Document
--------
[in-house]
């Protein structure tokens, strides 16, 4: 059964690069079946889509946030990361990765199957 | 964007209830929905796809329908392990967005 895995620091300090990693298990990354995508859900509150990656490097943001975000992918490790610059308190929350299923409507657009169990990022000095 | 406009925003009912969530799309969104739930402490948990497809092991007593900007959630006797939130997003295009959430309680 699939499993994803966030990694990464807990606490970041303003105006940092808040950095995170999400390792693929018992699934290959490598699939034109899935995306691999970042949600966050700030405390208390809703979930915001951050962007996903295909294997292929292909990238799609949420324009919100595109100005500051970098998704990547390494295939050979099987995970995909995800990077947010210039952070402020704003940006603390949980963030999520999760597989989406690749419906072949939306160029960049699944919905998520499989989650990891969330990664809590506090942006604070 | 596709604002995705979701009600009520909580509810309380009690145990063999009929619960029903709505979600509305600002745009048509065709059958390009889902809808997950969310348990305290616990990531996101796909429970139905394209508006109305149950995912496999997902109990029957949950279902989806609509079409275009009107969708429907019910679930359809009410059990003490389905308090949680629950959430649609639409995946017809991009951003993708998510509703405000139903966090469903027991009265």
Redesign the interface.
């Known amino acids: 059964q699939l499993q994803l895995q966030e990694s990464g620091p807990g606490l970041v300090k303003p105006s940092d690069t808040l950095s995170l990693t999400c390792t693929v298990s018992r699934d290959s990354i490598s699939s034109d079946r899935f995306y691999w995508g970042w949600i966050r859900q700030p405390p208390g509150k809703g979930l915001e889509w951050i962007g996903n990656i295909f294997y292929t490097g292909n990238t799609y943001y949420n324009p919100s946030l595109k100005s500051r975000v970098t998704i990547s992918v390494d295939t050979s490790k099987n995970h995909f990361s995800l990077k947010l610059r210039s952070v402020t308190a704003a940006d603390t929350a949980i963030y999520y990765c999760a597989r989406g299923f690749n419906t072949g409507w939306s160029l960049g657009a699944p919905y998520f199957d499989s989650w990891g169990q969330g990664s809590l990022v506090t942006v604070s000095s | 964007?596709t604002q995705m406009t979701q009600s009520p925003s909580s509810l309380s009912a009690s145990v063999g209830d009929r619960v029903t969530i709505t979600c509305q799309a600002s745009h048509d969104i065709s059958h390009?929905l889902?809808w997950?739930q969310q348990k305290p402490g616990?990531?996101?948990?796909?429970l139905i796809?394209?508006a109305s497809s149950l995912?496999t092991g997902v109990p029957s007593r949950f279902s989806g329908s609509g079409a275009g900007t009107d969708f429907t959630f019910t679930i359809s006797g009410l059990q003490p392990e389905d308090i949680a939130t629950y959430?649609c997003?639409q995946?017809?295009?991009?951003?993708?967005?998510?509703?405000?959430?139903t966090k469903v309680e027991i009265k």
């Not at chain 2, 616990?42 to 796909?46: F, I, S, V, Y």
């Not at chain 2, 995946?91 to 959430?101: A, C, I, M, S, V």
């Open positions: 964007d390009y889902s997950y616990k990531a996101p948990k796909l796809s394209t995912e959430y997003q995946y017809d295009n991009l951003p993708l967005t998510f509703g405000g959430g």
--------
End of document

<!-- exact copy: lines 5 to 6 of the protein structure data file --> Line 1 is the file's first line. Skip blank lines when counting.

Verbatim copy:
């Not at chain 2, 616990?42 to 796909?46: F, I, S, V, Y």
């Not at chain 2, 995946?91 to 959430?101: A, C, I, M, S, V």